Williams, who stepped down as chief executive of the social networking site last week, said Gladwell's New Yorker article was "entertaining but kind of pointless", while Stone said it was "absurd" to think that social networks were not "complementary to activism". The pair are the latest to launch a riposte to Gladwell's dismissal of social networks, after the article – subheaded "Why the revolution will not be tweeted" – began to make waves on Monday 4 October. Williams said: "It was a very well-constructed argument but it was kind of laughable.
"Anyone who's claiming that sending a tweet by itself is activism, that's ludicrous — but no one's claiming that, at least no one that's credible. If you can't organise you can't activate. Video: Malcolm Gladwell Challenges Accuracy of US News College Ranking System. Best-selling author Malcolm Gladwell (The Tipping Point, Blink, Outliers: The Story of Success) caused quite a stir with his New Yorker piece challenging the veracity of college ranking systems such as the U.S. News and World Report franchise: The Order of Things: What the College Rankings Really Tell Us. Is Malcolm Gladwell America's Most Successful Propagandist and Corporate Shill?
June 6, 2012 | Like this article? Join our email list: Stay up to date with the latest headlines via email. Malcolm Gladwell - Leigh Bureau. Biography Malcolm Gladwell is the author of five New York Times bestsellers — The Tipping Point, Blink, Outliers, What the Dog Saw, and now, his latest, David and Goliath: Underdogs, Misfits and the Art of Battling Giants. He has been named one of the 100 most influential people by TIME magazine and one of the Foreign Policy’s Top Global Thinkers. ESPN.com: Page 2 : Interview: Malcolm Gladwell. By Jeff MerronPage 2 Malcolm Gladwell is a staff writer for the New Yorker, a sports fan, and, most famously, the author of the red-hot 2000 bestseller "The Tipping Point.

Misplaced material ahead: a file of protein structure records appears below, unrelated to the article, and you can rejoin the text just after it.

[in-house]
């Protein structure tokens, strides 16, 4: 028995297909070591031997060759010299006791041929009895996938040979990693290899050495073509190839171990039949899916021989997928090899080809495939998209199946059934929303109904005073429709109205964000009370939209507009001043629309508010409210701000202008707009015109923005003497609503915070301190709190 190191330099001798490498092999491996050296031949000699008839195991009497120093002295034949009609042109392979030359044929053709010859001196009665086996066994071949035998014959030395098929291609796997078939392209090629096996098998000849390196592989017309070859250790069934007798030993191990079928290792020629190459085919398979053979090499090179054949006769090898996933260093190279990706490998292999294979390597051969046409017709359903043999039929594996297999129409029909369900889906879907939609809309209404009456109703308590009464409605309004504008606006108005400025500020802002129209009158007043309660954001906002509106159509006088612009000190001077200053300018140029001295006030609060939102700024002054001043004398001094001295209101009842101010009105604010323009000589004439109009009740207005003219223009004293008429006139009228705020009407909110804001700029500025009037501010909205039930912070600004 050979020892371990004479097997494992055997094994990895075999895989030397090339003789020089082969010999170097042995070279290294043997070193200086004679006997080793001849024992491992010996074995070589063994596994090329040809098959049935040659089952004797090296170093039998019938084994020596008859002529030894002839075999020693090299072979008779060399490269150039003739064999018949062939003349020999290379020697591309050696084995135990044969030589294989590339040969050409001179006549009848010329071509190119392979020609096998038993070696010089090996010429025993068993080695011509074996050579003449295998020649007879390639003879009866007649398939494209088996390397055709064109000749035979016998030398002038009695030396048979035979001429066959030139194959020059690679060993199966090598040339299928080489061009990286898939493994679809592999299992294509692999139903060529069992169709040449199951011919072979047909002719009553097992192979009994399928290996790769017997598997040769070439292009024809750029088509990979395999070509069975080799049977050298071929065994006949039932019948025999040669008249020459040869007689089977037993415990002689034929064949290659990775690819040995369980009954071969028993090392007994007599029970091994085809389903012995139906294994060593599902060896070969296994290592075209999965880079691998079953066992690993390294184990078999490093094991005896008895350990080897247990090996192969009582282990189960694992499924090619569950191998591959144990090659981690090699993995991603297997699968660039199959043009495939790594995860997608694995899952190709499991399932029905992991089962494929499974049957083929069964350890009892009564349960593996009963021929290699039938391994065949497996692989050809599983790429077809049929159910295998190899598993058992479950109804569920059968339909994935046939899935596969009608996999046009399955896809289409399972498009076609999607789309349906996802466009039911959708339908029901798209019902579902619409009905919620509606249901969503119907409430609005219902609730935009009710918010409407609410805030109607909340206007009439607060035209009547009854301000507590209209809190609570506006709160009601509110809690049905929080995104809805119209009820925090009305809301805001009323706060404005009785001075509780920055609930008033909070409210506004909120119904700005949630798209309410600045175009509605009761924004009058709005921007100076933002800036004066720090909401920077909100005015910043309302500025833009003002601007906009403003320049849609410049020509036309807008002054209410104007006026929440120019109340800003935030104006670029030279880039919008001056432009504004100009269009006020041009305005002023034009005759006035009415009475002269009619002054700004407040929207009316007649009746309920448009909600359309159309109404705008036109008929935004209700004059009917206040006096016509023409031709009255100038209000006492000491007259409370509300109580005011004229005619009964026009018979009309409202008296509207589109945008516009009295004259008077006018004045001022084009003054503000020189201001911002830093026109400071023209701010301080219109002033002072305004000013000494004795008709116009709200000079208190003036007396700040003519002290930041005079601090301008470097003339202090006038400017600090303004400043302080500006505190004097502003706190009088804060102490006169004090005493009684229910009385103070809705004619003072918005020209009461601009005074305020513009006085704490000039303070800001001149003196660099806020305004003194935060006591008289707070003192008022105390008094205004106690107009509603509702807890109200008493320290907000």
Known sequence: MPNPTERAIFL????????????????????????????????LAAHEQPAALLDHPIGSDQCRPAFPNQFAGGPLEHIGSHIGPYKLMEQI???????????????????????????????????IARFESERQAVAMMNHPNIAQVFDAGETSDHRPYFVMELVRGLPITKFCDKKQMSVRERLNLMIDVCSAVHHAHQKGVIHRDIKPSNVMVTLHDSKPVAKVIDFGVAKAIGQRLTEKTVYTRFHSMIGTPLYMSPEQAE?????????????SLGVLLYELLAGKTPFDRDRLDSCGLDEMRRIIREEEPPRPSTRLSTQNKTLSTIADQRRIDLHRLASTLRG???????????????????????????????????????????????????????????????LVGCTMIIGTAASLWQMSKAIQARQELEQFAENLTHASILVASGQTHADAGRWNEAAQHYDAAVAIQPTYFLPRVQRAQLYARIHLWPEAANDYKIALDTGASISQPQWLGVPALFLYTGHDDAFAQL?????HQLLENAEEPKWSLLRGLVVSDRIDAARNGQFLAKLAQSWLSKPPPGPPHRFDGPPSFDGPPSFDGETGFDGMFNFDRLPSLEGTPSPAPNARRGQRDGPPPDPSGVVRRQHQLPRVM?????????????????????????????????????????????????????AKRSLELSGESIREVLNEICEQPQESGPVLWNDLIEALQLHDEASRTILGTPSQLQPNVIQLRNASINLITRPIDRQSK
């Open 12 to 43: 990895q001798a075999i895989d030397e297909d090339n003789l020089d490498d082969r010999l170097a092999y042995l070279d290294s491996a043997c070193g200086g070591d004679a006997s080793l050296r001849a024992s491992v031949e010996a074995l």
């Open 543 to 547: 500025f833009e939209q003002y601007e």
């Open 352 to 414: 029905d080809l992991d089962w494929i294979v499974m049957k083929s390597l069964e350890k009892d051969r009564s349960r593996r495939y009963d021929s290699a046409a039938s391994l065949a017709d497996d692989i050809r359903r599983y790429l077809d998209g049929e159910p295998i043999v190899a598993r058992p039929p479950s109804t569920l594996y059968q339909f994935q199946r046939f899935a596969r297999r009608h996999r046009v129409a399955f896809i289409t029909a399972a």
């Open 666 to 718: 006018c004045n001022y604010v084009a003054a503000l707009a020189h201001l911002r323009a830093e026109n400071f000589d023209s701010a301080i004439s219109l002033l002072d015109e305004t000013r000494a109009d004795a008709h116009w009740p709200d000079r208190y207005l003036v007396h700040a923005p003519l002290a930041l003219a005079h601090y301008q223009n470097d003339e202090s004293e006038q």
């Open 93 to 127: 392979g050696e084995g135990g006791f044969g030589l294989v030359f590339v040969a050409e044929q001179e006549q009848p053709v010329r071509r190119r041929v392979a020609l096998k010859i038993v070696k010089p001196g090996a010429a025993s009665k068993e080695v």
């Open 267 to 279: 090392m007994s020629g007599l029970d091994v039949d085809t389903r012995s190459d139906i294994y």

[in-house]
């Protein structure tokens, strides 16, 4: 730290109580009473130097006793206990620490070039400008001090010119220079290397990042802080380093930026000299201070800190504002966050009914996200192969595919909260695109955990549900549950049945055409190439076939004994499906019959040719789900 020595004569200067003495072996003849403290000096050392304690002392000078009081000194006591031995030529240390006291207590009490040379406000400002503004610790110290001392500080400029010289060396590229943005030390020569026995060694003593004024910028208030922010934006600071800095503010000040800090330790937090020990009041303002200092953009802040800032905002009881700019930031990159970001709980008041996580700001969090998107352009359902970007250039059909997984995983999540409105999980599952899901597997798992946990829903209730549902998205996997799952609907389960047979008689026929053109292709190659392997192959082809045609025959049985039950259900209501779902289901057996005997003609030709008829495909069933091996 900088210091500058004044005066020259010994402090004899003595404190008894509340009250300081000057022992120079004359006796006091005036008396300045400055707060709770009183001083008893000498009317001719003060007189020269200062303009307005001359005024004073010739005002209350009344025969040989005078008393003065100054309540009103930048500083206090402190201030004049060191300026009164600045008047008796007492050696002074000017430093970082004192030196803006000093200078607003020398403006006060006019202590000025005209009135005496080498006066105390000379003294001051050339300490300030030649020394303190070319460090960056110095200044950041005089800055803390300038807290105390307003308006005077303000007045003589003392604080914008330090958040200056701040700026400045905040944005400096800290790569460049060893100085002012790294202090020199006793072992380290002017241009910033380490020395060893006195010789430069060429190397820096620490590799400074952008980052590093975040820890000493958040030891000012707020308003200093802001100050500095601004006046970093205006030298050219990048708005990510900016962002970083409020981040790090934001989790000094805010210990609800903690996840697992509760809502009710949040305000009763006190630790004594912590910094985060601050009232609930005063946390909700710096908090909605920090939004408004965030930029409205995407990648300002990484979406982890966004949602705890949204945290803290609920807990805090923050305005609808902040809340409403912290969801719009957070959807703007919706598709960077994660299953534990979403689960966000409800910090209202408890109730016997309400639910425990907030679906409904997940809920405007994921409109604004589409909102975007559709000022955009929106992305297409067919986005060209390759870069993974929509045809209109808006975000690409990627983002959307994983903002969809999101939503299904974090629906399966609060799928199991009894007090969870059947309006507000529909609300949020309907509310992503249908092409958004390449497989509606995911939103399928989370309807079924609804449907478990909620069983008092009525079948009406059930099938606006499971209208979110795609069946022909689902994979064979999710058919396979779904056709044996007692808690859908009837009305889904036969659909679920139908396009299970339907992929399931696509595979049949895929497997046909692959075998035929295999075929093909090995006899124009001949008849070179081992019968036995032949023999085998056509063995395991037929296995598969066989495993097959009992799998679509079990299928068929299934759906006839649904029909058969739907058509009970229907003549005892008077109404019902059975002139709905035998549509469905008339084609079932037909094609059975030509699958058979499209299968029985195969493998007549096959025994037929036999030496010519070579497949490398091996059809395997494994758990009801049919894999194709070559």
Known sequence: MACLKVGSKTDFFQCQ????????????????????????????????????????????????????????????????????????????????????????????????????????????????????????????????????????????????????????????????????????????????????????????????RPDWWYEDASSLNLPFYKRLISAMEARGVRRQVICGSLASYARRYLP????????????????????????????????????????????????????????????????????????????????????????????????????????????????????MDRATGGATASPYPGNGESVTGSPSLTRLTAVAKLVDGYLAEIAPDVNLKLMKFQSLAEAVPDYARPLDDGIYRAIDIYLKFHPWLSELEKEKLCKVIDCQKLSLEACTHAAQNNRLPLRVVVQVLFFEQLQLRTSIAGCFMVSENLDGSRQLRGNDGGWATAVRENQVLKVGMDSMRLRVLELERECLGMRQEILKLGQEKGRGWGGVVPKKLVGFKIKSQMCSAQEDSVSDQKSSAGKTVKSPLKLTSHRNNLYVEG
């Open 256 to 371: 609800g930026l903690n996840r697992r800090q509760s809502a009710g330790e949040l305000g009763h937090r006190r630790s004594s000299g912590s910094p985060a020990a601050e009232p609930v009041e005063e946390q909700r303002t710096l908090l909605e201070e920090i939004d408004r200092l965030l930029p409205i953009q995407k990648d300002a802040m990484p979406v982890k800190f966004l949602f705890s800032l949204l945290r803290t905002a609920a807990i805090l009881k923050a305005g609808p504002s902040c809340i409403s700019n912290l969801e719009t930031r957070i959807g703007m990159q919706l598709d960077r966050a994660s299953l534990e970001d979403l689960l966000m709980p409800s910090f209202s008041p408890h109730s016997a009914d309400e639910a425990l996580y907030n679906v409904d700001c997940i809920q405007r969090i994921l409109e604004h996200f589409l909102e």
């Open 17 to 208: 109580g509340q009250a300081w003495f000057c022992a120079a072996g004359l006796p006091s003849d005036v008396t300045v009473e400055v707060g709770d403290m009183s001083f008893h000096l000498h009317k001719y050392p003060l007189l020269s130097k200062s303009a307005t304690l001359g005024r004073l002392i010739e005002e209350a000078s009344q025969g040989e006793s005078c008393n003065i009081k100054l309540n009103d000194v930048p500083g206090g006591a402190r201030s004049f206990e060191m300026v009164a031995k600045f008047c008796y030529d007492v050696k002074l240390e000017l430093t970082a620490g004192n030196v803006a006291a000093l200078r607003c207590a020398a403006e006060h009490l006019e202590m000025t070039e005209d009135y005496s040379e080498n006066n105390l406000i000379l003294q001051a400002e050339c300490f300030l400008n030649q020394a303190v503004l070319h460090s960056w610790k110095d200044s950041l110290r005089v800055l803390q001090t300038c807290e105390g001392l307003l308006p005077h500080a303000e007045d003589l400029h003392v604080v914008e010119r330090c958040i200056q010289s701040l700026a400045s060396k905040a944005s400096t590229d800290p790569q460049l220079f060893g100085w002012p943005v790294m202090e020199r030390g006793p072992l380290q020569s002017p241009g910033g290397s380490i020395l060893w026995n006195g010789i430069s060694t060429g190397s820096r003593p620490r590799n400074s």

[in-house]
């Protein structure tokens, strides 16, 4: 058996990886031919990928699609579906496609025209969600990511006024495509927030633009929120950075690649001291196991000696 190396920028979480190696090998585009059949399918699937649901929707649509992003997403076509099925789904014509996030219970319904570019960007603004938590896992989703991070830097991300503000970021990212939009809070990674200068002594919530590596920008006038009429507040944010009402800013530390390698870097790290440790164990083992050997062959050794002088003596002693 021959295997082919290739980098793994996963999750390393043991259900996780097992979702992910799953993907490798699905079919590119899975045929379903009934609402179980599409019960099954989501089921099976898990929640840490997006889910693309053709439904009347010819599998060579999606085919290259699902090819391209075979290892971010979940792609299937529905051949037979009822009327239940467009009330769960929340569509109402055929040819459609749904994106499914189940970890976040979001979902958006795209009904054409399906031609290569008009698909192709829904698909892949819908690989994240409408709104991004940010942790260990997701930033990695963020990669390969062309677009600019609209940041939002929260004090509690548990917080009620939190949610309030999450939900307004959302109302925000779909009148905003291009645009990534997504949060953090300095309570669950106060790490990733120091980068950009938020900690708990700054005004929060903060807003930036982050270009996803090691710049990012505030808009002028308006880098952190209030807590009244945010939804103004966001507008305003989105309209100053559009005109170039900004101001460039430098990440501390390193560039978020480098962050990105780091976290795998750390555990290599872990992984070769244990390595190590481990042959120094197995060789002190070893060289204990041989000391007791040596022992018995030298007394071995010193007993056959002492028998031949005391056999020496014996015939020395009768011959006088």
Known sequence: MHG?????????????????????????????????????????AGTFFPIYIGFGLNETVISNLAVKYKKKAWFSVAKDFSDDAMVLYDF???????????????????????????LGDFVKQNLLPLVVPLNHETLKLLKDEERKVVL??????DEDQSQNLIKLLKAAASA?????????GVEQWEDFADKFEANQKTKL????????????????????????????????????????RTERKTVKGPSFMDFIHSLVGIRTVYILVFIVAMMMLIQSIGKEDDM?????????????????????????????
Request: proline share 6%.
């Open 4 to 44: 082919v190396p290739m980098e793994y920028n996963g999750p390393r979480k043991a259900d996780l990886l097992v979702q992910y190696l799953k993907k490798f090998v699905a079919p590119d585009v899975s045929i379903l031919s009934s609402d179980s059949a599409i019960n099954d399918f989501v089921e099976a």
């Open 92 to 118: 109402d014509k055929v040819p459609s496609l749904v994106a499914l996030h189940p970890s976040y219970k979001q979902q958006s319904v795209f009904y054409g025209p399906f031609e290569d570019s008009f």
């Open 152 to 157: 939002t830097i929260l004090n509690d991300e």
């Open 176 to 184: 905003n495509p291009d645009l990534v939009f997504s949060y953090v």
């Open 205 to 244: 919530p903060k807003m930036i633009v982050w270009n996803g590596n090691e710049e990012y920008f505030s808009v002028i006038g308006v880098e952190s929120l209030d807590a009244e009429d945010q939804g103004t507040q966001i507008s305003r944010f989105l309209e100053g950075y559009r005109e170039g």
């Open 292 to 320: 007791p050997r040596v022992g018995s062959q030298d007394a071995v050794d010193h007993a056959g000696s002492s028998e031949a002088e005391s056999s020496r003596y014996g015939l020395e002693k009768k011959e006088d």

" "Blink," his latest book, is subtitled, "The Power of Thinking Without Thinking," which is at No. 2 on the New York Times bestseller list. Gladwell is a master at linking sociological and psychological studies with the everyday and mundane, and has an uncanny ability to make connections between new ideas and old, seemingly insolvable problems. Almost invariably Gladwell will sprinkle anecdotes from the world of sports throughout his writings, whether they're in book form or in New Yorker pieces. Gladwell is on a long tour to promote "Blink," and when he's not writing or reading or thinking, he can often be found talking about his ideas to the most cutting-edge business leaders in the U.S. Reinventing Invention. Capitalizing on Human Potential. Malcolm Gladwell - Why do some succeed where others fail? What makes high-achievers different?
Malcolm Gladwell is wrong. Why Malcolm Gladwell Is Wrong About Steve Jobs, In Three Words. Malcolm Gladwell Is #Wrong. Essay Maria Popova. A Tipping Point for Gladwell Haters? Malcolm Gladwell Unmasked: A Look Into the Life & Work of America’s Most Successful Propagandist. Yves here. Yasha Levine and Mark Ames have launched the S.H.A.M.E. Project, which stands for “Shame the Hacks who Abuse Media Ethics.” Its approach is to provide information about the background and funding sources of well-recognized journalists and pundits so that the public will be in a better position to recognize bias and hidden agendas in their reporting and analysis. You can find a S.H.A.M.E dossier on Gladwell here. By Yasha Levine, President of S.H.A.M.E., an investigative journalist and a founding editor of The eXiled. “I’m necessarily parasitic in a way.
Malcolm Gladwell Searches Twitter for '60s Activism. Slactivism gets the Malcolm Gladwell treatment in his new New Yorker piece out today. Gladwell starts out promisingly enough.